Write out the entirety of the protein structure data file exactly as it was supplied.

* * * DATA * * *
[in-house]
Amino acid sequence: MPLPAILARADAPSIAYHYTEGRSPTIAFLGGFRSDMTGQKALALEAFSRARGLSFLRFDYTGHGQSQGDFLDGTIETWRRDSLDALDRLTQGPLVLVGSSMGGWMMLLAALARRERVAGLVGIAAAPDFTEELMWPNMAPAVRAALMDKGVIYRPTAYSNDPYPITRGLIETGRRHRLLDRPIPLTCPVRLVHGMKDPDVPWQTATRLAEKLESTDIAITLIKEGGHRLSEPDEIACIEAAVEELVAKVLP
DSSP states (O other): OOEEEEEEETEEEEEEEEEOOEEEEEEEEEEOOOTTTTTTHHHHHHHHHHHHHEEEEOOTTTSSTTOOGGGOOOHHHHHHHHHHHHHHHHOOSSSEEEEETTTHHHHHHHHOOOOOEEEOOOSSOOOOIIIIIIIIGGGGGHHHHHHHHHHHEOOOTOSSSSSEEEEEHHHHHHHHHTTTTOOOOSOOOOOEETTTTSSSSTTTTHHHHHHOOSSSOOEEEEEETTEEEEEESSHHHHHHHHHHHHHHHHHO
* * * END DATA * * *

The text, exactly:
[in-house]
Amino acid sequence: MPLPAILARADAPSIAYHYTEGRSPTIAFLGGFRSDMTGQKALALEAFSRARGLSFLRFDYTGHGQSQGDFLDGTIETWRRDSLDALDRLTQGPLVLVGSSMGGWMMLLAALARRERVAGLVGIAAAPDFTEELMWPNMAPAVRAALMDKGVIYRPTAYSNDPYPITRGLIETGRRHRLLDRPIPLTCPVRLVHGMKDPDVPWQTATRLAEKLESTDIAITLIKEGGHRLSEPDEIACIEAAVEELVAKVLP
DSSP states (O other): OOEEEEEEETEEEEEEEEEOOEEEEEEEEEEOOOTTTTTTHHHHHHHHHHHHHEEEEOOTTTSSTTOOGGGOOOHHHHHHHHHHHHHHHHOOSSSEEEEETTTHHHHHHHHOOOOOEEEOOOSSOOOOIIIIIIIIGGGGGHHHHHHHHHHHEOOOTOSSSSSEEEEEHHHHHHHHHTTTTOOOOSOOOOOEETTTTSSSSTTTTHHHHHHOOSSSOOEEEEEETTEEEEEESSHHHHHHHHHHHHHHHHHO